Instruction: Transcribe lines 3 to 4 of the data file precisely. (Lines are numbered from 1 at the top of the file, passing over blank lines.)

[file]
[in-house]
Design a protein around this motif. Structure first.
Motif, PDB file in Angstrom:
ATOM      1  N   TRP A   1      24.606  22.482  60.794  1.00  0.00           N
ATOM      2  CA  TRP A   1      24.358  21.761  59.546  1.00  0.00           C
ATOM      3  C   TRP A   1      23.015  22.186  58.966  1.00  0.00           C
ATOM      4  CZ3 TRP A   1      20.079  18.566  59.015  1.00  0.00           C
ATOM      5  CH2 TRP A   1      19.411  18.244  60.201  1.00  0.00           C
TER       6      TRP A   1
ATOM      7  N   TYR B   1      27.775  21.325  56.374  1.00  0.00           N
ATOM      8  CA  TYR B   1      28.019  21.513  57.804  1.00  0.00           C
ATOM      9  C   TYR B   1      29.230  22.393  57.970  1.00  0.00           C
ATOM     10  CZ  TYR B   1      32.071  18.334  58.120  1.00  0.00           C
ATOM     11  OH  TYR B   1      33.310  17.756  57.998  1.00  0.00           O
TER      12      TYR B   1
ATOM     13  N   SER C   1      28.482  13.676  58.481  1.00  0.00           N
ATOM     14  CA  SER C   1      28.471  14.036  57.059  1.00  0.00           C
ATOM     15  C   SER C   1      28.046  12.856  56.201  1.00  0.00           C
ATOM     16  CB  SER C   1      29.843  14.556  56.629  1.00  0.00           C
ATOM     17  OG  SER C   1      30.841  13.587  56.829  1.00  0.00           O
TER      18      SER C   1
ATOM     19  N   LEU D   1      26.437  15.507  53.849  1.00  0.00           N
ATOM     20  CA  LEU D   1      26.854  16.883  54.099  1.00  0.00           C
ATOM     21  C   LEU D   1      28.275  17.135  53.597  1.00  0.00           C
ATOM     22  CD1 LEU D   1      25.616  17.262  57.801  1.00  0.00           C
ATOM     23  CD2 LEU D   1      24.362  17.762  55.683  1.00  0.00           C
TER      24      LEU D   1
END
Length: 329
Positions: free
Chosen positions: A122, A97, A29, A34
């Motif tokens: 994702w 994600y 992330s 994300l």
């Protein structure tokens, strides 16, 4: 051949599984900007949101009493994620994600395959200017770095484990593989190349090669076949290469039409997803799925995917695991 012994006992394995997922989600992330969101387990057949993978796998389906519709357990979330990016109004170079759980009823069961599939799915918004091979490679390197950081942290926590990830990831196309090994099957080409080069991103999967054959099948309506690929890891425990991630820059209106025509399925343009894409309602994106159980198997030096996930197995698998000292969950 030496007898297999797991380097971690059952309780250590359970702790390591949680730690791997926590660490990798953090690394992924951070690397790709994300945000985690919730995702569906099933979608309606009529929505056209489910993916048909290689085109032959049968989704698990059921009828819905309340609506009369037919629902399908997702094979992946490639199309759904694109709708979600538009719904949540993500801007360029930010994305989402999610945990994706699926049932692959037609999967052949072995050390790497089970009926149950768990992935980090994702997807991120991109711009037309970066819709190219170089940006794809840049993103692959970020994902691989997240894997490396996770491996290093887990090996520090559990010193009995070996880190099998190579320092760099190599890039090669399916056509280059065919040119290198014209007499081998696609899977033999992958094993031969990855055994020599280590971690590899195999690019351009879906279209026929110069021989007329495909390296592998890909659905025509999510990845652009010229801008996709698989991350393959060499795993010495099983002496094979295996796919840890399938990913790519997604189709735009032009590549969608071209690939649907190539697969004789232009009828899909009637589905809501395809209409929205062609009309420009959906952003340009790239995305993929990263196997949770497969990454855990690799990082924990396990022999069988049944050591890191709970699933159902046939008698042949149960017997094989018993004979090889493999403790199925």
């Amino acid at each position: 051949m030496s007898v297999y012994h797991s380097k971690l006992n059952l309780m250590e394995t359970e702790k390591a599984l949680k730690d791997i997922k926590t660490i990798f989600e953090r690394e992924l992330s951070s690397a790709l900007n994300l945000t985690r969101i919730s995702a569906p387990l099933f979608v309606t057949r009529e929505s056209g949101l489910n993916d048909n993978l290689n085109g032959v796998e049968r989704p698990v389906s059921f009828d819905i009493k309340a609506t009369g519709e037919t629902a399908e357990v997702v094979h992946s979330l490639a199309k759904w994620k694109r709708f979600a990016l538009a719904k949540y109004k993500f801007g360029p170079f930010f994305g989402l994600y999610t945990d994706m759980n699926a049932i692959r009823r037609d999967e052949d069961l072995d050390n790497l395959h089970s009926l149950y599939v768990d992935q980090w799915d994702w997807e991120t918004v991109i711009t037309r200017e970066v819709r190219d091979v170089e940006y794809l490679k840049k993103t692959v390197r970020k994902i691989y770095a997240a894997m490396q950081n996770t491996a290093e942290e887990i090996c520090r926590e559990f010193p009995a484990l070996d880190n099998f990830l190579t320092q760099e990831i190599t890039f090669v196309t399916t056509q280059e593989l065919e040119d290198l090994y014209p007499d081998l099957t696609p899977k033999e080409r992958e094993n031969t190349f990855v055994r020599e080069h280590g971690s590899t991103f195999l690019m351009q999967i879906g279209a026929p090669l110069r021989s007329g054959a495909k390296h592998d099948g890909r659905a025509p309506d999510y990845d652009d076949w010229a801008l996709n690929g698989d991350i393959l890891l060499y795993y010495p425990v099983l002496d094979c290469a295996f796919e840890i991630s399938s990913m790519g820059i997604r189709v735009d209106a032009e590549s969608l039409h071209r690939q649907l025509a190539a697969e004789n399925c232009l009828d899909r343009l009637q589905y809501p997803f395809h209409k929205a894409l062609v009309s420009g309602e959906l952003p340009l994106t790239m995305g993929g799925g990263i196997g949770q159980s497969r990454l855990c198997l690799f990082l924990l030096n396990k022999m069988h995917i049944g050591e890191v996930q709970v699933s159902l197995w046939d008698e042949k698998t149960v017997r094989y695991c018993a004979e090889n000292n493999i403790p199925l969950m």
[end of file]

Motif, PDB file in Angstrom:
ATOM      1  N   TRP A   1      24.606  22.482  60.794  1.00  0.00           N